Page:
A young man has been jailed for two violent bashings in Mackay.
A young man has been jailed for two violent bashings in Mackay.

‘You seemed to be motivated to simply hurt these men’

The ringleader behind two fierce bashings in Mackay has been jailed for the random savagery against a taxi driver and a man waiting at a bus stop. 

"You seemed to be motivated to simply hurt these men," Judge Vicki Loury said in sentencing Bronson Beau Tomarra on Thursday.

But barrister Paul Rutledge said his 22 year old client had been dealing with significant grief, was angry and aimless when he attacked the two victims.

The violence occurred over two consecutive nights, July 8 and 9, in 2019.

Mackay District Court heard it began when Tomarra and three others caught a taxi from Beaconsfield to the city fringe about 10pm.

Tomarra, then 20, made racist comments to the driver and attempted to standover him when the vehicle was stopped on Shakespeare St.

 

Man, 22, pleaded guilty in Mackay District Court to aggravated robbery and assault charges
Man, 22, pleaded guilty in Mackay District Court to aggravated robbery and assault charges

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The driver got back into the vehicle where Tomarra punched in the head five times and a co-offender also assaulted him.

When the victim left the car and ran, Tomarra and another followed and even prevented the driver from waving down passing vehicles for help. Eventually they left.

The following night, Tomarra was with a group who came across a young man waiting at a bus stop. Tomarra told him "he was in the wrong place and to leave".

When the man ran, Tomarra sent his group to chase him down and jump on him.

The victim was pushed into a garden as Tomarra and the group demanded money. He said he did not have any, and threw his phone at the attackers.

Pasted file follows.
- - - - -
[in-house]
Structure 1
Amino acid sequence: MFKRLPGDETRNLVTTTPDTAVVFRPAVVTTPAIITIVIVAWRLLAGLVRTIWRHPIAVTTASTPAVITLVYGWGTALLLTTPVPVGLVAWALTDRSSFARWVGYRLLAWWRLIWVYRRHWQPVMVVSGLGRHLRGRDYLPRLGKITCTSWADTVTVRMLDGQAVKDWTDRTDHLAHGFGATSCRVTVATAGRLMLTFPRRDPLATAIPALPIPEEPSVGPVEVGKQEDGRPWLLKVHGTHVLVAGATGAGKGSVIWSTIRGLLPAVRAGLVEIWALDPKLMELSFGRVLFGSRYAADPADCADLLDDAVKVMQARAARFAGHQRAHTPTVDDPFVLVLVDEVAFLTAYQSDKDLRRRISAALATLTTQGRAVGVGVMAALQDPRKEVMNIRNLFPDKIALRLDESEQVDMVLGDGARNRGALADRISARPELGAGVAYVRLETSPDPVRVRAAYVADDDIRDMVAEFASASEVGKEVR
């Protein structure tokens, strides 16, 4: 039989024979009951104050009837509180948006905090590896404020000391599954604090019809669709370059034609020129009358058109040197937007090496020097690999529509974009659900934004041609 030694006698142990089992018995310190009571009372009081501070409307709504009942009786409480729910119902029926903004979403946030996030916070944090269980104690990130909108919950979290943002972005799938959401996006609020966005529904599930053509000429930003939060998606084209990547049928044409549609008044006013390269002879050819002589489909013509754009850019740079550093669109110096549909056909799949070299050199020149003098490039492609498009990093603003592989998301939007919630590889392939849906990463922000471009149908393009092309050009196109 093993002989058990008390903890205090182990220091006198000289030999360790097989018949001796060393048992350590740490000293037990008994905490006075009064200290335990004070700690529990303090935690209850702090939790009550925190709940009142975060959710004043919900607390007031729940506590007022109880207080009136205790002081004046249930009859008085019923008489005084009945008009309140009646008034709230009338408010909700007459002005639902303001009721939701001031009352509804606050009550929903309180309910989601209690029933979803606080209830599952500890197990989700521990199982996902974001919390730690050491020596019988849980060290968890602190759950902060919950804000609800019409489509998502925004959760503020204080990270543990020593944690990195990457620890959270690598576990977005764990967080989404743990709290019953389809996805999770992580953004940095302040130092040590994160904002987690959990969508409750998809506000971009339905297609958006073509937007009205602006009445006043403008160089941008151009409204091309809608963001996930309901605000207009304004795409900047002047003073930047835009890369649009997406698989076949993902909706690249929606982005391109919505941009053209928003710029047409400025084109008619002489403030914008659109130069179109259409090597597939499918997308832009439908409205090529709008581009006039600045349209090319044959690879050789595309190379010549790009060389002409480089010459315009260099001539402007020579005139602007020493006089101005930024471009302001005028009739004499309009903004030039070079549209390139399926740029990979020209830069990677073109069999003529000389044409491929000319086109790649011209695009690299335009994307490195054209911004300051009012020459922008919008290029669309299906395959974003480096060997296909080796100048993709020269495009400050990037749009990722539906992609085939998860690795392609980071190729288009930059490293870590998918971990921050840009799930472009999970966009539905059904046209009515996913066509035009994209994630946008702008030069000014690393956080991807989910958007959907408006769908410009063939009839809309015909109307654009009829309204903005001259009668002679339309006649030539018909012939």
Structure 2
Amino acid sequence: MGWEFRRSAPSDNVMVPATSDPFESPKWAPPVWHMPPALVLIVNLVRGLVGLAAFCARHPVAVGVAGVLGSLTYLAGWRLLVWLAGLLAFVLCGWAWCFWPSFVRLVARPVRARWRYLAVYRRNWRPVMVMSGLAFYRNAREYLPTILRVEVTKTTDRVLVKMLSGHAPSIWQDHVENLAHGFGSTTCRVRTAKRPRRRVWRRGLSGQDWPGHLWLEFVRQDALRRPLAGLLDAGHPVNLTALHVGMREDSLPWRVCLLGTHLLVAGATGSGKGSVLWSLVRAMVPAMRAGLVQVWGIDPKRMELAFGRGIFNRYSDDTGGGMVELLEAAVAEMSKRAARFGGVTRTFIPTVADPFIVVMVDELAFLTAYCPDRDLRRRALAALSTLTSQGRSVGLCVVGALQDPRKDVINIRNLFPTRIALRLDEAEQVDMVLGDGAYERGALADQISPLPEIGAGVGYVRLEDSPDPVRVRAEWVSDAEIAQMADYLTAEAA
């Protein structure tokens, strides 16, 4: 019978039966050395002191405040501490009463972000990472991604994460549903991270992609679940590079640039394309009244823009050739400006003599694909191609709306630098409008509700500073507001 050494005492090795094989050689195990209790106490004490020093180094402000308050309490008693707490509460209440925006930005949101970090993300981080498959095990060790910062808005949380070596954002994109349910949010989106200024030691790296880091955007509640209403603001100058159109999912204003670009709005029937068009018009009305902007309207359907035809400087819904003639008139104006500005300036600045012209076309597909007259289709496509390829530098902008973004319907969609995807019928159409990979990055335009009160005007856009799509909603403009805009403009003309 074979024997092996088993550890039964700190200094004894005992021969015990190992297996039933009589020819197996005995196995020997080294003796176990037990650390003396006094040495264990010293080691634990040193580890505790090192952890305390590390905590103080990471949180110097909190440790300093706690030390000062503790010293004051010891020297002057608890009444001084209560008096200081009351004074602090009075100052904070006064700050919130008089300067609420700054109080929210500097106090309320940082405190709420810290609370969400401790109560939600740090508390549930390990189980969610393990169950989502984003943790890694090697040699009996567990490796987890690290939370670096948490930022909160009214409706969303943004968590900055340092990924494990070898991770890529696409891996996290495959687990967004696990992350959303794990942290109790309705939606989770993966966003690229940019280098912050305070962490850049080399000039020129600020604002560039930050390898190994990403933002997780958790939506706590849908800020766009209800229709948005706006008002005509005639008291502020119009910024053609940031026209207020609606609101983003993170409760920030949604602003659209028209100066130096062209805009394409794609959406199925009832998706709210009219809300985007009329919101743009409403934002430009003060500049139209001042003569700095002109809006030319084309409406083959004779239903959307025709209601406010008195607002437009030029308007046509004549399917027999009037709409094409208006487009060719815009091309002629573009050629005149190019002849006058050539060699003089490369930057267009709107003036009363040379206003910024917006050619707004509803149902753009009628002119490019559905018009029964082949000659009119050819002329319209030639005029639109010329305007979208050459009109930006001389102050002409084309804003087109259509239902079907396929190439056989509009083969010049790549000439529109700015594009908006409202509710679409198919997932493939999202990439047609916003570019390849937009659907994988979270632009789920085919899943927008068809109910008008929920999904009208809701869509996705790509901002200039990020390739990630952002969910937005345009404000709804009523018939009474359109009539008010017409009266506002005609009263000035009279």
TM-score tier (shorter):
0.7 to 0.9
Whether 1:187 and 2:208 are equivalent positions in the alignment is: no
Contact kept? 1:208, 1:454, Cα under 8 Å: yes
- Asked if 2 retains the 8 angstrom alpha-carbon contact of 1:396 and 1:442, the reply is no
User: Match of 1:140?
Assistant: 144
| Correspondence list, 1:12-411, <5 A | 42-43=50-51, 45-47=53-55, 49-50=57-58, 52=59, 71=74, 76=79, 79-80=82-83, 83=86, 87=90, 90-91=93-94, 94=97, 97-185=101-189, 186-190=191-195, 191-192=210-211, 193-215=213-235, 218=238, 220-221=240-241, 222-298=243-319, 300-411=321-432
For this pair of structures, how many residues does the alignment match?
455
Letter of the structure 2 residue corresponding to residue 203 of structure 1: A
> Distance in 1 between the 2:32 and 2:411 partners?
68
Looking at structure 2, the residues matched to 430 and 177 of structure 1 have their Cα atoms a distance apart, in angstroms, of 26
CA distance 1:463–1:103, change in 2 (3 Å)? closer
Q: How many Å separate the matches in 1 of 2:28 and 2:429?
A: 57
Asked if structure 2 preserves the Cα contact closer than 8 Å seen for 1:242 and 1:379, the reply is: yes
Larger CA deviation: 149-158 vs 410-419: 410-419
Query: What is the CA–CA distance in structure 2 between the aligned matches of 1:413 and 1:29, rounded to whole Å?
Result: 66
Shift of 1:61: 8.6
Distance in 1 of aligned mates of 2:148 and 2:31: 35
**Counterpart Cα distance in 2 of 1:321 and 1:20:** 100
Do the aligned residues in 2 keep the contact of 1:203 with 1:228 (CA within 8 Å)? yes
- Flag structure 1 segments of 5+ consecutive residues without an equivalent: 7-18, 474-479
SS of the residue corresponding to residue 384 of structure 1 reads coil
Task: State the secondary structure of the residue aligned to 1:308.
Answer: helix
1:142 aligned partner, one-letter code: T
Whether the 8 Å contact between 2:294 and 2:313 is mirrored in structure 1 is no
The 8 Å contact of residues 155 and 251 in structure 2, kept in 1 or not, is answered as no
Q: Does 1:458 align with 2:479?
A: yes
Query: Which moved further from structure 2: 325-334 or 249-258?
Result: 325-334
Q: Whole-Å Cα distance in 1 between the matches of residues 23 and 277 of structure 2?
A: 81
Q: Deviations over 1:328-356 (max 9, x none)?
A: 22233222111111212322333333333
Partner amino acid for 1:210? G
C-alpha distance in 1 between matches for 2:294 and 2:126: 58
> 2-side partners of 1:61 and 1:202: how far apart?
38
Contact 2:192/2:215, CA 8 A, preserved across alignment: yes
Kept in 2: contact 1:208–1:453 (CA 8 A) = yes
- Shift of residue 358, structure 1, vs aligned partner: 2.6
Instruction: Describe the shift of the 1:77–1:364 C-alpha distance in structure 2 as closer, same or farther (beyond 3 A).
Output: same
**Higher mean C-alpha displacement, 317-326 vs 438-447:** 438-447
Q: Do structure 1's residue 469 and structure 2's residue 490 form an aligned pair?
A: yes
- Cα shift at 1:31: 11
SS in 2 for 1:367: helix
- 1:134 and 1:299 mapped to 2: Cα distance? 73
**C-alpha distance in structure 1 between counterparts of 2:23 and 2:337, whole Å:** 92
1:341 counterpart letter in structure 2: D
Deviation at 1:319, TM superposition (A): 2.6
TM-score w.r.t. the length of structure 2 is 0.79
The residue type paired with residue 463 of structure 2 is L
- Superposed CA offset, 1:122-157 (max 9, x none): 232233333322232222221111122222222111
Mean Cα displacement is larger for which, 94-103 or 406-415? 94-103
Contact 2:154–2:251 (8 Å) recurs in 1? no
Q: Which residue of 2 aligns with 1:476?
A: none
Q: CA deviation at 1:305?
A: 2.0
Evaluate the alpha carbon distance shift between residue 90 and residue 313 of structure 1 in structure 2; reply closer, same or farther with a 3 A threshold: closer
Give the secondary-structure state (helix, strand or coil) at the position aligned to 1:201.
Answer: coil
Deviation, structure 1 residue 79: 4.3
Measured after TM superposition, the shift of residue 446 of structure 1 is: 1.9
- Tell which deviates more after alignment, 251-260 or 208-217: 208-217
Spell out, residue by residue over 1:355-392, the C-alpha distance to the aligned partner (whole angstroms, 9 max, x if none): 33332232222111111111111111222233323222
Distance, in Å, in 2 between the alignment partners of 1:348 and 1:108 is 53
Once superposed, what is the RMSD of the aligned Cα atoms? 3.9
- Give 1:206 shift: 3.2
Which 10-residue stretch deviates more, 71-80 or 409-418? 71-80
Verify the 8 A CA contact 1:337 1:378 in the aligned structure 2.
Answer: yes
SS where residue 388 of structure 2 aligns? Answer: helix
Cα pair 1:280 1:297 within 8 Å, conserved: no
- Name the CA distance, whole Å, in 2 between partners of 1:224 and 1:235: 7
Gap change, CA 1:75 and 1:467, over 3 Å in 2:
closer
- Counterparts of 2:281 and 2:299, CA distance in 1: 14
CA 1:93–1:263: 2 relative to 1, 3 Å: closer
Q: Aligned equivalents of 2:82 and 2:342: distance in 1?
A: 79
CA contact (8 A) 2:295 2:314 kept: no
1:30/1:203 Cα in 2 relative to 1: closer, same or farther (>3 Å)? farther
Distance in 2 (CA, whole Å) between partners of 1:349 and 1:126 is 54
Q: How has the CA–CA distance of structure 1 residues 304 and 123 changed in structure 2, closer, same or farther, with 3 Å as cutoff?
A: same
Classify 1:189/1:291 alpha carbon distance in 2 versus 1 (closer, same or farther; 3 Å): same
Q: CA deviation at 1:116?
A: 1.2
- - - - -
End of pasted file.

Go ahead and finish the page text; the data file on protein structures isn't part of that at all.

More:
Tomarra and the others then kicked him in the head and body. A co-offender stole his phone.

"These offences collectively are concerning examples of random group violence visited upon soft targets late at night in a public setting," Crown Prosecutor Alexandra Baker said.

She said the crimes called for a penalty highlighting general deterrence, denunciation and community protection.

The court heard Tomarra had "effectively acted as a ringleader for a violent mob" in attacking the young man at the bus stop.

 

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Ms Baker said there was also an "underlying inference of racial motivation" behind the assault on the taxi driver given derogatory comments made before the attack.

Tomarra pleaded guilty to aggravated robbery and aggravated assault causing bodily harm.

Barrister Paul Rutledge, instructed by Barron and Allen Lawyers Mackay, said his client had a limited history making these offences out of character.

He told the court Tomarra's life "took a very bad turn" when he was about 18 years old - first his dad died, within a month his mother also died, followed soon after by the death of his grandfather.

"All his close major elder supports died," Mr Rutledge said.

 

A Mackay man has been jailed for group bashings against a taxi driver and a man at a bus stop.
A Mackay man has been jailed for group bashings against a taxi driver and a man at a bus stop.

"He did not handle the deaths of his loved ones well.

"He frankly said that he would take his anger out on others."

Mr Rutledge said Tomarra never got help, "just continued in this angry frame of mind and began drinking heavily.

"He really doesn't know why he did it … he'd been drinking," Mr Rutledge said.

"One suspects that we're dealing with a man who … hasn't handled the deaths of his mother, his father, his grandfather.

"He's angry and living an aimless existence and he's getting no support."

The court heard he had already spent 110 days in pre-sentence custody - his first time in jail.

"It seems rather apparent that you have unresolved grief and that you need to get some help to deal with it because otherwise you are going to end up back in jail," Judge Loury said.

"As you recognise, your mother raised you to be a better man than you are now. And if she saw where you are sitting today she would be distressed, she would be ashamed."

 

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Judge Loury said the attacks "seemed to be entirely gratuitous" and found there was a suggestion of racial undertones towards the driver.

Tomarra was jailed for two and a half years jail with parole release on July 1 this year after serving eight months. Convictions were recorded

Judge Loury took into account his young age, limited history and the real possibility for rehabilitation.